When $5 million of business is on the line, your sales pitch can be all that separates you from walking home a millionaire and walking home empty-handed.
How can you master the art and science of wooing a client with your presentation?
On the latest episode of CNBC's "The Profit," business guru Marcus Lemonis asked two furniture design manufacturers to pitch their best design concept for his fast-casual restaurant franchise, The Simple Greek.
With approximately 250 franchises in need of an interior design scheme and millions of dollars up for grabs, Steve Grafton, owner of Grafton Furniture, and Ana Martinez, co-owner of Pacific Hospitality Design, accepted the challenge and took two weeks to prepare a stellar design.
Ultimately, Martinez won the business, and Grafton came up short.
Below are six dos and don'ts for giving a great sales pitch, based on feedback Lemonis and Simple Greek VP Sam Lundy gave the entrepreneurs.
Grafton's pitch failed because his presentation showcasing blue and white butcher block furniture was too simple and conventional.
"There's nothing unique about this," Lemonis explained. "It feels like a stock item. I know it's not, but it looks like it."
"I've seen this before, Steve, and that's my thing. We want to keep the traditional piece to some degree, but we also want to modernize it," Lundy said.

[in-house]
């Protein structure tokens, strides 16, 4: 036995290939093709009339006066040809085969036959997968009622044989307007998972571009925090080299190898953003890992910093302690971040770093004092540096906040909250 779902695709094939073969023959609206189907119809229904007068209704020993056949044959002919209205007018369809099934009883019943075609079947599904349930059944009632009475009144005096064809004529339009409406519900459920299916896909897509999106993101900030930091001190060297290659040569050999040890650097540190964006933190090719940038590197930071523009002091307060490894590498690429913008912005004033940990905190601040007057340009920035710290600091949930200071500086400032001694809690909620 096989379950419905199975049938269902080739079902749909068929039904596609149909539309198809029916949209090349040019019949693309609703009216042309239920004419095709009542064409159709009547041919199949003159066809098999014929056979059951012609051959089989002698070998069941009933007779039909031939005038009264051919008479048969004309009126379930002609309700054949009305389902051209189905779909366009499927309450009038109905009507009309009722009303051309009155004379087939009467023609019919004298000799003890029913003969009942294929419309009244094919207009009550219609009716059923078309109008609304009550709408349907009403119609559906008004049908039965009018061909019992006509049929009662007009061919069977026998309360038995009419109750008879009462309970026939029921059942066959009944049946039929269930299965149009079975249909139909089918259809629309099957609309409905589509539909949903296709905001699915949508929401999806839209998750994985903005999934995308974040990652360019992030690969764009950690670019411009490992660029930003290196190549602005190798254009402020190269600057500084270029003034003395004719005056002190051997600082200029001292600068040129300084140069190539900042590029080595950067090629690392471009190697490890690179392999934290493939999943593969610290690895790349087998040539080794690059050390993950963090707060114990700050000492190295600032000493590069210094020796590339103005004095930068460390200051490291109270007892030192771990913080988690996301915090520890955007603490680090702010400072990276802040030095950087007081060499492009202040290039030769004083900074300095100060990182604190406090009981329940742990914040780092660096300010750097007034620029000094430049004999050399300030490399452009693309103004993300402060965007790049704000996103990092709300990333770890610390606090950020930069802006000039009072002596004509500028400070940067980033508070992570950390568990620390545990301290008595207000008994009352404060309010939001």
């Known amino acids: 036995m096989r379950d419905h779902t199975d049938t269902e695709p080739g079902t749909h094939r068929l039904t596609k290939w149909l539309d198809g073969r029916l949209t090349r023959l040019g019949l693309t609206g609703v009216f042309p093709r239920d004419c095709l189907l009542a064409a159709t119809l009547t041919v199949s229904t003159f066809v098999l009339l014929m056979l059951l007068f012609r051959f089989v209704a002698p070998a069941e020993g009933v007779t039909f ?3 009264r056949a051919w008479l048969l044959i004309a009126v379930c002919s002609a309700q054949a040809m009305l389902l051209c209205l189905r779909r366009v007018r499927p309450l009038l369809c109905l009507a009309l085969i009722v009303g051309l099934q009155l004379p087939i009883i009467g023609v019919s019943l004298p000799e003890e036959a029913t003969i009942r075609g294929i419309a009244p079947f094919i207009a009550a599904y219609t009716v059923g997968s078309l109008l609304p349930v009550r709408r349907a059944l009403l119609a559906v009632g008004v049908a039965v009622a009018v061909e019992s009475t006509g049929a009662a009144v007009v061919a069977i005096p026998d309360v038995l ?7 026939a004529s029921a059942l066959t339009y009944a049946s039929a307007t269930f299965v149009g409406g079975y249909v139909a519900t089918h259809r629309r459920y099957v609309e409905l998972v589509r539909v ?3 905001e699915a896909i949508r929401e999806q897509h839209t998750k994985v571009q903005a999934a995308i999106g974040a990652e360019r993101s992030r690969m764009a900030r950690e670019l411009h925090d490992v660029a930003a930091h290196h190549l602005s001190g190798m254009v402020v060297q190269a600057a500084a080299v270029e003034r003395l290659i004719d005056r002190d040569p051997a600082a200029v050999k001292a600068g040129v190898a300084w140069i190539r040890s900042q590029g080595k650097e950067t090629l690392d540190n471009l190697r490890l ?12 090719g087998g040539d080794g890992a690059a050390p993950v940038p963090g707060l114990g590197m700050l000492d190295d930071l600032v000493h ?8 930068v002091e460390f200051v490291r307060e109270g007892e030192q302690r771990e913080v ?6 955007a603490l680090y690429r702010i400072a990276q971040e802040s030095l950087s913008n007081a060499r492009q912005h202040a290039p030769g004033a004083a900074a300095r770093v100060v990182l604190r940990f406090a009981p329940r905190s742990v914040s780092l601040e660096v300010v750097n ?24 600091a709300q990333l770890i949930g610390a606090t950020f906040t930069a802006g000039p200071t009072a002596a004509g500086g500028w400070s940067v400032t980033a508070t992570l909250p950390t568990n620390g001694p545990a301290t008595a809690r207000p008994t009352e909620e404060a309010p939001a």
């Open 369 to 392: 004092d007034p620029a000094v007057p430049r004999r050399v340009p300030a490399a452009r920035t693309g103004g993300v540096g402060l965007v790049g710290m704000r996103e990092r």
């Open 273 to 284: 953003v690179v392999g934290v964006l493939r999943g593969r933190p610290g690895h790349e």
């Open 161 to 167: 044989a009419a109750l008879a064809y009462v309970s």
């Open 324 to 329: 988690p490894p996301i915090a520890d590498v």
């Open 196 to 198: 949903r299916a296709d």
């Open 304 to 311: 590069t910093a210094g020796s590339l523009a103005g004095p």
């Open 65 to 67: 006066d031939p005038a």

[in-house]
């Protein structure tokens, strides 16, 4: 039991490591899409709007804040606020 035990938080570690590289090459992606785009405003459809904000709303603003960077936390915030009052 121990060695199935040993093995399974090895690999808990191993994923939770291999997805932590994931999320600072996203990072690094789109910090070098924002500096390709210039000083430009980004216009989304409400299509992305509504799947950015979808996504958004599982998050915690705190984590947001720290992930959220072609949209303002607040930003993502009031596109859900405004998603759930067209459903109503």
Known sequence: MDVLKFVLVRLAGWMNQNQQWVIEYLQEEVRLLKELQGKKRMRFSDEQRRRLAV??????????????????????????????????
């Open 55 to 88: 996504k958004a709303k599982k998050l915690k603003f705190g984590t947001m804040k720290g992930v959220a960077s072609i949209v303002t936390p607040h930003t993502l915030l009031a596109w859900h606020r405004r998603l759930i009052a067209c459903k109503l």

Martinez sifted through images of Greece and Greek restaurants before she put her pen to the paper. She developed mood boards and asked herself the question, "When you walk into the space, what's the mood?"
Her approach proved effective — her patterned coated metal table, textured blue and olive green chair and booth incorporating a nanotech moisture barrier were all winners in the eyes of Lemonis and Lundy.
When Grafton's pitch didn't please Lemonis and Lundy, Grafton deflected the blame, saying he wasn't given a clear enough vision or set of specifics.
Lundy's response: "Steve, I'm not a designer. ... If you want me to go out to 20 houses and find what I think I can like, I can do that [but] that's not what I'm here to do."
Martinez' pitch was successful in part because she researched the company's existing branding and incorporated it into her presentation. Her blue and green fabric chair was chiseled with a logo of The Simple Greek and her seated booths incorporated elements of greek architecture.
"A lot of the things that you have will meld very well with the elements we've already created from the standpoint of the walls and signage," Lundy explained. "It's not about the furniture as much as it's about what we're trying to create as an overall brand and image."
Grafton bragged that he had more experience and years in the furniture design industry than Martinez. But that didn't matter because what Martinez presented was ultimately more creative and better aligned with The Simple Greek's vision.
Martinez had one goal in mind: to add value in any way she could do the business. That mentality — exhibited through her presentation — scored points with Lemonis and Lundy.
Martinez not only won the competition and scored the rights to design The Simple Greek's franchise stores, Lemonis also hired her to be in charge of interior design for all of his businesses — proof that a savvy sales pitch can go a long way.